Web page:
A London revival in 1965–66 ran at three West End theatres in succession; it starred Michael Denison as Sir Robert Chiltern, Dulcie Gray as Lady Chiltern, Margaret Lockwood as Mrs Cheveley and Richard Todd as Lord Goring. The play was again seen at the Westminster in 1989 in a short-lived revival, and in 1992 a new production was presented at the Globe Theatre which was subsequently seen in four other London theatres and on Broadway between November 1992 and March 1999. It was directed by Peter Hall, and the original cast featured David Yelland as Sir Robert Chiltern, Hannah Gordon as Lady Chiltern, Anna Carteret as Mrs Cheveley, Martin Shaw as Lord Goring, Michael Denison as Lord Caversham and Dulcie Gray as Lady Markby. The various stagings of the production ran for an aggregate three years, the longest running production of a Wilde play.[n 2]

A production at the Vaudeville Theatre, London in 2010–11 featured Alexander Hanson as Sir Robert Chiltern, Rachael Stirling as Lady Chiltern, Samantha Bond as Mrs Cheveley and Elliot Cowan. A revival at the same theatre in 2018 featured Nathaniel Parker and Sally Bretton as the Chilterns, the father and son combination of Edward Fox as Lord Caversham and Freddie Fox as Lord Goring, and Frances Barber as Mrs Cheveley, and Susan Hampshire as Lady Markby.[19]


The play was seen in the US in March 1895, running on Broadway for 40 performances.[20] It was revived on Broadway in 1918 with a cast including Norman Trevor and Beatrice Beckley as the Chilterns, Julian L'Estrange as Lord Goring and Constance Collier as Mrs Cheveley.[21] The next (and at 2021 the most recent) Broadway presentation was Peter Hall's production, seen at the Ethel Barrymore Theatre in 1996–97, featuring its original West End lead players, except for the Lady Chiltern, now played by Penny Downie.[22]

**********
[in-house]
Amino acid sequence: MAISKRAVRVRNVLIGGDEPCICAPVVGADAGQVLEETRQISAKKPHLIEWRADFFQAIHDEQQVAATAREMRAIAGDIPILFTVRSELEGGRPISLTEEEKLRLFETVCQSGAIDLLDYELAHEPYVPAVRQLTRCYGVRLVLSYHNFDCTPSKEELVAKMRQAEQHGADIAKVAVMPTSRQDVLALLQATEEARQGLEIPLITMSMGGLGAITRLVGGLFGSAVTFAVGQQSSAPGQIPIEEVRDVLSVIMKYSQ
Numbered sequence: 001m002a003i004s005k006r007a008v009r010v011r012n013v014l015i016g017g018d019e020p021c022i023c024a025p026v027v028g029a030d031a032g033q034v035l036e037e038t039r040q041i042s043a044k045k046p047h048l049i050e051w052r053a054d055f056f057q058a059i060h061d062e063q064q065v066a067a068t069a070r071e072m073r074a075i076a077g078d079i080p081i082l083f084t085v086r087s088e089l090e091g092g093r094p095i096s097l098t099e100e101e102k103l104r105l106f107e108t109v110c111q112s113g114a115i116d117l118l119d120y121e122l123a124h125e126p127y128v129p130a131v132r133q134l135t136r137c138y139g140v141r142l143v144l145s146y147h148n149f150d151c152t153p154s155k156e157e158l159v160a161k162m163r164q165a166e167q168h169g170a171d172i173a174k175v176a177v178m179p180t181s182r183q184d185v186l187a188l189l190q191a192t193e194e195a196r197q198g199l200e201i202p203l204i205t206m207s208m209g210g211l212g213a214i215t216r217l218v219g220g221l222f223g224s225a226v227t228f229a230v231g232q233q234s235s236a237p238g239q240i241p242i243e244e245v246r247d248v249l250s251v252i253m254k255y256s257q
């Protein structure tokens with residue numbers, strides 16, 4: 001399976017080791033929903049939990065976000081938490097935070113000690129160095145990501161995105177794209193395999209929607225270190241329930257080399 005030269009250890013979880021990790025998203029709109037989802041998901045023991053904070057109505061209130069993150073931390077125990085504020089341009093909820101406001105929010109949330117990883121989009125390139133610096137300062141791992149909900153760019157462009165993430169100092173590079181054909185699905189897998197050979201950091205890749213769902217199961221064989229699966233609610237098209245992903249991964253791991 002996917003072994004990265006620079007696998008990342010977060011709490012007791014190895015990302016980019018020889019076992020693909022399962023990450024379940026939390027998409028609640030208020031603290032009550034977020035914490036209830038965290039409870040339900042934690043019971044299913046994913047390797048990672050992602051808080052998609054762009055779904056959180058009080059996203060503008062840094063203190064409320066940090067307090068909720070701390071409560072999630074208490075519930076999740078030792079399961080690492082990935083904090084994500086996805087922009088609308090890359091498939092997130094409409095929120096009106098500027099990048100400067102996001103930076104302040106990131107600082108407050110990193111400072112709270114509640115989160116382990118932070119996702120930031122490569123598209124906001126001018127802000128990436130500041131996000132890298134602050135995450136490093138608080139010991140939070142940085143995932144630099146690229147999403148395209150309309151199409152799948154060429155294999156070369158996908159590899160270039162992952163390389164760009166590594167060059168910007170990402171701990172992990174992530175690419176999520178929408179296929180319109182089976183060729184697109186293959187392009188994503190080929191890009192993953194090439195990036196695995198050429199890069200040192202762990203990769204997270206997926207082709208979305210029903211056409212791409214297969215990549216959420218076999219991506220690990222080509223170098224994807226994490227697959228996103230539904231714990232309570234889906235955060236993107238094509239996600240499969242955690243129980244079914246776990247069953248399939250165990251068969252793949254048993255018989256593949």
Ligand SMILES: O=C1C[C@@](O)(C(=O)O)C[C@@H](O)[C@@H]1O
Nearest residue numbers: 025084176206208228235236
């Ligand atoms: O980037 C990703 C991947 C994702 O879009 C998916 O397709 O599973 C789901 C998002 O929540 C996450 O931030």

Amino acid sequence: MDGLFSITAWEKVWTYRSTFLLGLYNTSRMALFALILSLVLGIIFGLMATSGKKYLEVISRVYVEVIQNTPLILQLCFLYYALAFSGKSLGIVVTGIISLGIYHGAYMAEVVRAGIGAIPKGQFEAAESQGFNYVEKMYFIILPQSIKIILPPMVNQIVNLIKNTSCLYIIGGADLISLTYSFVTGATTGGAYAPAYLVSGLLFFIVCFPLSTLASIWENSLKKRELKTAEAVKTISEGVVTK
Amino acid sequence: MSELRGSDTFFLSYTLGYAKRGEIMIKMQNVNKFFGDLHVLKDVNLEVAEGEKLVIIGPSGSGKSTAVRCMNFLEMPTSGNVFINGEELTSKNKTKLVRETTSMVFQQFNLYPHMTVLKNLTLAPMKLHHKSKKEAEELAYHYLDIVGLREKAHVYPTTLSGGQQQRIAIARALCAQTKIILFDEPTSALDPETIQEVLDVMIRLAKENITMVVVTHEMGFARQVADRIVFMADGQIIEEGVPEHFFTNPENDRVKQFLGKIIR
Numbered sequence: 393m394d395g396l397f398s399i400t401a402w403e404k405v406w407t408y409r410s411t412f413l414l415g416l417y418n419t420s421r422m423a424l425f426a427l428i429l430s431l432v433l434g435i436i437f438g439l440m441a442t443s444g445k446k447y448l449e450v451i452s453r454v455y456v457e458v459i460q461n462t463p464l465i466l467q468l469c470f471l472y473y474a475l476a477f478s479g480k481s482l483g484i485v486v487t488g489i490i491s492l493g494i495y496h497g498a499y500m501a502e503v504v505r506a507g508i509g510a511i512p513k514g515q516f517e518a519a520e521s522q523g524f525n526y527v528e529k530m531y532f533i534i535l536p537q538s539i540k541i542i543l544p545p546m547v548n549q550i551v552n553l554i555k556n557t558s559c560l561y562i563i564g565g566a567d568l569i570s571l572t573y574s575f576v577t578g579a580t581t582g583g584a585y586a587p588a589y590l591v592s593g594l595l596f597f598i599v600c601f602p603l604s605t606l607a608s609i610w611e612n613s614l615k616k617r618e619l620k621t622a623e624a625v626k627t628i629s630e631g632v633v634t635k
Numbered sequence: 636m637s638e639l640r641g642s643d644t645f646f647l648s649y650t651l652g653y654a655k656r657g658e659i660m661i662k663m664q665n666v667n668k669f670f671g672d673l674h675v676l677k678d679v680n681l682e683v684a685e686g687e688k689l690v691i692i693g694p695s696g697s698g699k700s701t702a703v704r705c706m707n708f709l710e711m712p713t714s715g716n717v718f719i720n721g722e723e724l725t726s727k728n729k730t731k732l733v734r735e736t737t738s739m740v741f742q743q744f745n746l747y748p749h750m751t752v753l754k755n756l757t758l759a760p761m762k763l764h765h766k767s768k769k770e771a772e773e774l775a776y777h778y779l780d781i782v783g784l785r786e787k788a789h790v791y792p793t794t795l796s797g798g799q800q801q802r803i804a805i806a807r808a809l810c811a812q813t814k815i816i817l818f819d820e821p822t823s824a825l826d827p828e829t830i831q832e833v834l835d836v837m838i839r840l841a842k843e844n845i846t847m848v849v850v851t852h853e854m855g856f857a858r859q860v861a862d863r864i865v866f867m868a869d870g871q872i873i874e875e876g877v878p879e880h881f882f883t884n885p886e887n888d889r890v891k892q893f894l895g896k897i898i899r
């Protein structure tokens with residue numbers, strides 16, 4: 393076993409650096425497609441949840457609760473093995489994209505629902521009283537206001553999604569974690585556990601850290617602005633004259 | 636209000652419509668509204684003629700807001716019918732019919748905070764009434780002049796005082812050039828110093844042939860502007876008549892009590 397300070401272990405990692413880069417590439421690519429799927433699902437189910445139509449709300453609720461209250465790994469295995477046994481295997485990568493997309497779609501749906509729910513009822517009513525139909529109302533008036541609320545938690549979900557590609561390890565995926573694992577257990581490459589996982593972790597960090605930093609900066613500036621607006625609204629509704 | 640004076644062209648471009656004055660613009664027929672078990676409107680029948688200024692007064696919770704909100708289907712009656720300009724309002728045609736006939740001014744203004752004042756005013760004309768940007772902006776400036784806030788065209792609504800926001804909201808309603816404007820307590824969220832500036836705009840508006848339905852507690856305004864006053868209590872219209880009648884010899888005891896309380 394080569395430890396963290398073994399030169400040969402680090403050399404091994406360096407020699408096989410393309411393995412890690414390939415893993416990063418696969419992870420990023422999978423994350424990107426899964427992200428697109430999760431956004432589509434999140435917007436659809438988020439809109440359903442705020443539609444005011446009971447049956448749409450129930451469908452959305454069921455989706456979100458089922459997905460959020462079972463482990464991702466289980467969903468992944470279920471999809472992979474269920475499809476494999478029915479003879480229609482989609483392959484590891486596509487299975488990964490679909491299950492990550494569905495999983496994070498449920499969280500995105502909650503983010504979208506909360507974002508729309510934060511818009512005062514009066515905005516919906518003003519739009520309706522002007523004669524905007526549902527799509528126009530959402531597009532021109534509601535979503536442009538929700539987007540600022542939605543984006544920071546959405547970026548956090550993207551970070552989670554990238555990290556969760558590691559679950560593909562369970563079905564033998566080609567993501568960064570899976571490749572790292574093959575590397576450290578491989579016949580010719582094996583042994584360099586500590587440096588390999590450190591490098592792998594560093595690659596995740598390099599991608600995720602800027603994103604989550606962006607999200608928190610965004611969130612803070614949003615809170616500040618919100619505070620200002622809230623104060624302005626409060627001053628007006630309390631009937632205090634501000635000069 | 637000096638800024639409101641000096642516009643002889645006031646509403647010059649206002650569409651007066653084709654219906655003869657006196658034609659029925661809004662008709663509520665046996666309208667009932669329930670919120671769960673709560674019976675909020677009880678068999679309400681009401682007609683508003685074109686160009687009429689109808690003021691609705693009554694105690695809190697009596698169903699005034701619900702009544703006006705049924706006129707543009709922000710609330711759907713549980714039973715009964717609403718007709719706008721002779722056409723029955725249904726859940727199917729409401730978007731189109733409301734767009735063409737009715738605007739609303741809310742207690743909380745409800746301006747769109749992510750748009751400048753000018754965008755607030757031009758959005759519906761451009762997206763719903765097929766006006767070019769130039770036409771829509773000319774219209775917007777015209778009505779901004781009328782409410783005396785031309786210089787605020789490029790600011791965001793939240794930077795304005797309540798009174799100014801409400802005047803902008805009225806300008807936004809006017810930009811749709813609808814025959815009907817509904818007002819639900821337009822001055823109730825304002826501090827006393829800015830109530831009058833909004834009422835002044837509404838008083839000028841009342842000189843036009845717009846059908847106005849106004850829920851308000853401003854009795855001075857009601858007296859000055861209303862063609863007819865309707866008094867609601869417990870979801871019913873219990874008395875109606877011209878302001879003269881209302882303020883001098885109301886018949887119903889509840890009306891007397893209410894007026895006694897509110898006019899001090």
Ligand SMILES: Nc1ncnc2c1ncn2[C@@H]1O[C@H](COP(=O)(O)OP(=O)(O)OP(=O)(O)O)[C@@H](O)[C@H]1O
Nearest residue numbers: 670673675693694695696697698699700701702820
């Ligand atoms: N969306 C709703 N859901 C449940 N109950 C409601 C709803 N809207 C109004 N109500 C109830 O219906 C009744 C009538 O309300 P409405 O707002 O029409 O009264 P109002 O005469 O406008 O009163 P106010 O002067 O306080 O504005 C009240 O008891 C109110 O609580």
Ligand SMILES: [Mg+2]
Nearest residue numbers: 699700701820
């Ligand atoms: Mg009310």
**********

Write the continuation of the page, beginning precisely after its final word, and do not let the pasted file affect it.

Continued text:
An Ideal Husband was produced in Australia in April 1895 by the Brough-Boucicault company;[23] they gave the play its New Zealand premiere later in the same year.[24] The Irish premiere was in Dublin in 1896, given (with no mention of the author's name) by a touring company managed by Hawtrey, at the Gaiety Theatre. The cast included Alma Stanley as Mrs Cheveley and Cosmo Stuart, promoted from his small role in the London production, as Lord Goring.[25]

A French translation was given in Geneva in 1944.[26] The first performance in France recorded by Les Archives du spectacle was in 1955; the site records seven French productions between then and 2016.[26]


Rex Whistler designs for the 1943-44 London revival:

Act I
Acts II and IV


To mark the centenary of the first production, Sir John Gielgud unveiled a plaque at the Haymarket Theatre in January 1995, in the presence of, among many others, Wilde's grandson Merlin Holland and the Marquess of Queensberry.[27]



There have been at least five adaptations of the play for the cinema, in 1935 – a German film directed by Herbert Selpin and starring Brigitte Helm and Sybille Schmitz; 1947 – a British adaptation produced by London Films and starring Paulette Goddard, Michael Wilding and Diana Wynyard; 1980 – a Soviet version starring Ludmila Gurchenko and Yury Yakovlev; 1999 – a British film starring Julianne Moore, Minnie Driver, Jeremy Northam, Cate Blanchett and Rupert Everett; and 2000 – a British film starring James Wilby and Sadie Frost.

Radio and televisionEdit

The BBC has broadcast seven radio adaptations since its first, in 1926: a 1932 version starring Leslie Perrins and Kyrle Bellew; a radio version of the 1943 Westminster Theatre production; a Bristol Old Vic version in 1947 featuring William Devlin, Elizabeth Sellars, Catherine Lacey and Robert Eddison; a 1950 production with Griffith Jones, Fay Compton and Isabel Jeans; a 1954 version produced by Val Gielgud; a 1959 adaptation starring Tony Britton and Faith Brook; a 1970 version with Noel Johnson, Ronald Lewis, Jane Wenham and Rosemary Martin; and a 2007 adaption with Alex Jennings, Emma Fielding, Janet McTeer and Jasper Britton.[28]